My family are very easy-going people and never take anything too seriously. They are outgoing and love experiencing what the world has to offer. My problem is that I am the complete opposite of that. I would rather be by myself and understand rather than just experience. I am a deep thinker and can not help but take just about everything in life seriously.

I remember almost having a panic attack in my room at university after realising that my family do not understand me. Recently, I have even had to make the tough decision to leave an organisation due to fears of being pushed out by those who could not stand me.

So, how have I been able to come to terms with all of this? Furthermore, how have I found comfort in it?

It Is Human to Be Misunderstood

We often lack the courage to stand out amongst the crowd. Following the status quo is the safe thing to do. You reduce your chances of being left behind or picked on. And thanks to our desire to fit in, we all help to contribute to societal norms and rules in our local groups.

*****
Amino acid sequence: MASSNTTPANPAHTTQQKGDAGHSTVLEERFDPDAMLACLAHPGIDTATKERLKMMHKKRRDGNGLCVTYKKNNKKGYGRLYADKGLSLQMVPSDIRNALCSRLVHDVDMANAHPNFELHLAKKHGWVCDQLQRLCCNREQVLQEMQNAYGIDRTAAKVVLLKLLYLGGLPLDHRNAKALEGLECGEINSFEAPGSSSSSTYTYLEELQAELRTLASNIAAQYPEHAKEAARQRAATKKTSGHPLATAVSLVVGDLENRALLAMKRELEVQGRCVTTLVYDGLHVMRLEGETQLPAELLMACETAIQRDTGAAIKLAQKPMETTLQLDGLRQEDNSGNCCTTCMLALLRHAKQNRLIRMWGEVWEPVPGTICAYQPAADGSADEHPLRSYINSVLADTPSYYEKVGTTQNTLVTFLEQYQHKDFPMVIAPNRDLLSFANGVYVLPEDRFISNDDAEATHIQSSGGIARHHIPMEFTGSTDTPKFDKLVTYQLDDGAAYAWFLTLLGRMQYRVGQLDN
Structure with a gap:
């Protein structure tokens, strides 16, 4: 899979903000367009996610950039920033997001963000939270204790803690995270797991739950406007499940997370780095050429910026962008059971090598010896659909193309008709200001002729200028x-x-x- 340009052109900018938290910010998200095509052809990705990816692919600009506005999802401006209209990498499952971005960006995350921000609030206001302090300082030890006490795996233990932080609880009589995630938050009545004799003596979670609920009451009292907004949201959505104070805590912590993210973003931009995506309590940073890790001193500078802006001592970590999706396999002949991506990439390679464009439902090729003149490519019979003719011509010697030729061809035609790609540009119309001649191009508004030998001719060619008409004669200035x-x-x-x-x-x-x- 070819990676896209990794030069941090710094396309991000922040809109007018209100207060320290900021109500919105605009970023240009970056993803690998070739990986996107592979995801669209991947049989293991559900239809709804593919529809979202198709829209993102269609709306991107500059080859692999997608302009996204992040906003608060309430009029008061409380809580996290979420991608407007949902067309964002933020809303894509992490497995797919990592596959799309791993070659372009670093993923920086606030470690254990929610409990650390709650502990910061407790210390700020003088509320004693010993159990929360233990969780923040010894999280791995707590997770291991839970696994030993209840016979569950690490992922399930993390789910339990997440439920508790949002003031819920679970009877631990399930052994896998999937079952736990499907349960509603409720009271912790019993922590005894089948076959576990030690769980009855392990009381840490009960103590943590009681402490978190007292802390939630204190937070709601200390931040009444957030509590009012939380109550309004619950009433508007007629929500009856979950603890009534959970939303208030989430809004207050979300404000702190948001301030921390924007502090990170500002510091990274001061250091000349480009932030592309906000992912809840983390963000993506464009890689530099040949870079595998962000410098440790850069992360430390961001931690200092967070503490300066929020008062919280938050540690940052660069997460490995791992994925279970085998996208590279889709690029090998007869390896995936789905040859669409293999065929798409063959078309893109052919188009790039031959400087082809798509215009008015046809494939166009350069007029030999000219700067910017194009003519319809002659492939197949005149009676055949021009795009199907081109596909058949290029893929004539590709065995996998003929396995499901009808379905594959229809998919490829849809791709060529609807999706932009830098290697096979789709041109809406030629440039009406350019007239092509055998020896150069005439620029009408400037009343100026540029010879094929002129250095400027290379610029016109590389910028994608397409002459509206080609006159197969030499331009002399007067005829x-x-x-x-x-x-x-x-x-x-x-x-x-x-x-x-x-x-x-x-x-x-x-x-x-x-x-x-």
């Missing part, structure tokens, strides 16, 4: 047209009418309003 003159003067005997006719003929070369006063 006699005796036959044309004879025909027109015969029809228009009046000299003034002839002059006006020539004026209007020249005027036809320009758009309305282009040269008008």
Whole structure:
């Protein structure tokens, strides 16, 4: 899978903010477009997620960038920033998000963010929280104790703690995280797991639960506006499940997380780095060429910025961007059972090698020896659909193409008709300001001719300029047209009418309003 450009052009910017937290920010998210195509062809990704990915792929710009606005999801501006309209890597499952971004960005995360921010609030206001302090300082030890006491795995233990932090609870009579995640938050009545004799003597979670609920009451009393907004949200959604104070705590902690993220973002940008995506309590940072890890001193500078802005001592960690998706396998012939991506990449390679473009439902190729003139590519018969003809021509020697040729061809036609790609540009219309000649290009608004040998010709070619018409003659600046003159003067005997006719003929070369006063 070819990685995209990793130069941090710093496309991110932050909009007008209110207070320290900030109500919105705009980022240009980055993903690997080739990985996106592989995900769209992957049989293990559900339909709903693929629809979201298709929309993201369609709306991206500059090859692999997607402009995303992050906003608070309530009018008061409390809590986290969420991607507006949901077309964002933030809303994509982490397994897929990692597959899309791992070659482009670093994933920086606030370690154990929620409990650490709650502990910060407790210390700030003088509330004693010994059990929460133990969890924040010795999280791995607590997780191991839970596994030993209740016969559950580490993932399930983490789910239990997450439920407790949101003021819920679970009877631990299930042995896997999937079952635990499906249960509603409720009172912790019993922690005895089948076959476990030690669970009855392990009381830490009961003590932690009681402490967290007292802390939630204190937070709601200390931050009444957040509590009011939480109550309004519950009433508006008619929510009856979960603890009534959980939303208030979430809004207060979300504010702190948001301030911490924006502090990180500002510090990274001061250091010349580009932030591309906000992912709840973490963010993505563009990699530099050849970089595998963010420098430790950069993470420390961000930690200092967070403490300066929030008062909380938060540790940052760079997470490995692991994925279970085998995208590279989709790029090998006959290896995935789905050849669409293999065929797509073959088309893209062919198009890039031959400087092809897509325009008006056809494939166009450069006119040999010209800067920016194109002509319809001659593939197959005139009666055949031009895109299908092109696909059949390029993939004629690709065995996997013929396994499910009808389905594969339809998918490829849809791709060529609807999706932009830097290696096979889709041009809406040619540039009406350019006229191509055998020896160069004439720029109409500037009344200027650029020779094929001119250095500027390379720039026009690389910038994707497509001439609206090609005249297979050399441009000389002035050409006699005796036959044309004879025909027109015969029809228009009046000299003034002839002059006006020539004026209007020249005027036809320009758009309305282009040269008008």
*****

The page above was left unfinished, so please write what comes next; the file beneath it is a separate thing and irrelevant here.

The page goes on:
However, the pressure we put on ourselves to be like everyone else can often overburden us. We have seen the negative effects of comparison and young people in our society. Whilst our advancements to a better-connected world has brought many benefits, it has also heightened our fear of being left out.